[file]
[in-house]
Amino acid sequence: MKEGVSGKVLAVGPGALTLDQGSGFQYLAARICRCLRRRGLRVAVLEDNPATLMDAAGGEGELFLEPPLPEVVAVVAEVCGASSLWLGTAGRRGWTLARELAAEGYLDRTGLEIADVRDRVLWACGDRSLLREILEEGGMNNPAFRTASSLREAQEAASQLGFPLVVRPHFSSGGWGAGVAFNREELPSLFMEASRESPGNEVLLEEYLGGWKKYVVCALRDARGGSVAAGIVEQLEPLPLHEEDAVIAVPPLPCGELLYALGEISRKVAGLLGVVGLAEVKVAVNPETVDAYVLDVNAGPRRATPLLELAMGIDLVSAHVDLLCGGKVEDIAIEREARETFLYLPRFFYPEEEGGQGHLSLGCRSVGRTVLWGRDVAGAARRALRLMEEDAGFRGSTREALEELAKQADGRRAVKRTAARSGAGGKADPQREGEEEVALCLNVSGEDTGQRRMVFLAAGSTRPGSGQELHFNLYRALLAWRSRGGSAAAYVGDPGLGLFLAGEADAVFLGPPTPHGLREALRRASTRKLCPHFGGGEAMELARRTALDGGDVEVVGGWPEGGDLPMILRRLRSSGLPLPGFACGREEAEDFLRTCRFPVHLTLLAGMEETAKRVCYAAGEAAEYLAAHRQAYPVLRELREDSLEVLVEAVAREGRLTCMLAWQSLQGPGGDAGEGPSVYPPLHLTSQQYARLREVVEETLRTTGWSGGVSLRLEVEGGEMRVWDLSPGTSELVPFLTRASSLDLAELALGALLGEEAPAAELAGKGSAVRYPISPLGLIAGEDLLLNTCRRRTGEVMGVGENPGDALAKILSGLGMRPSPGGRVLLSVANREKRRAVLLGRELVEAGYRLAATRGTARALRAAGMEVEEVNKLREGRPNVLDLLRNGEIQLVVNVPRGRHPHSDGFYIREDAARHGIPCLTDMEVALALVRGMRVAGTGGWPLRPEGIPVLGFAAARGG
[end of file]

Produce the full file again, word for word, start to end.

[in-house]
Amino acid sequence: MKEGVSGKVLAVGPGALTLDQGSGFQYLAARICRCLRRRGLRVAVLEDNPATLMDAAGGEGELFLEPPLPEVVAVVAEVCGASSLWLGTAGRRGWTLARELAAEGYLDRTGLEIADVRDRVLWACGDRSLLREILEEGGMNNPAFRTASSLREAQEAASQLGFPLVVRPHFSSGGWGAGVAFNREELPSLFMEASRESPGNEVLLEEYLGGWKKYVVCALRDARGGSVAAGIVEQLEPLPLHEEDAVIAVPPLPCGELLYALGEISRKVAGLLGVVGLAEVKVAVNPETVDAYVLDVNAGPRRATPLLELAMGIDLVSAHVDLLCGGKVEDIAIEREARETFLYLPRFFYPEEEGGQGHLSLGCRSVGRTVLWGRDVAGAARRALRLMEEDAGFRGSTREALEELAKQADGRRAVKRTAARSGAGGKADPQREGEEEVALCLNVSGEDTGQRRMVFLAAGSTRPGSGQELHFNLYRALLAWRSRGGSAAAYVGDPGLGLFLAGEADAVFLGPPTPHGLREALRRASTRKLCPHFGGGEAMELARRTALDGGDVEVVGGWPEGGDLPMILRRLRSSGLPLPGFACGREEAEDFLRTCRFPVHLTLLAGMEETAKRVCYAAGEAAEYLAAHRQAYPVLRELREDSLEVLVEAVAREGRLTCMLAWQSLQGPGGDAGEGPSVYPPLHLTSQQYARLREVVEETLRTTGWSGGVSLRLEVEGGEMRVWDLSPGTSELVPFLTRASSLDLAELALGALLGEEAPAAELAGKGSAVRYPISPLGLIAGEDLLLNTCRRRTGEVMGVGENPGDALAKILSGLGMRPSPGGRVLLSVANREKRRAVLLGRELVEAGYRLAATRGTARALRAAGMEVEEVNKLREGRPNVLDLLRNGEIQLVVNVPRGRHPHSDGFYIREDAARHGIPCLTDMEVALALVRGMRVAGTGGWPLRPEGIPVLGFAAARGG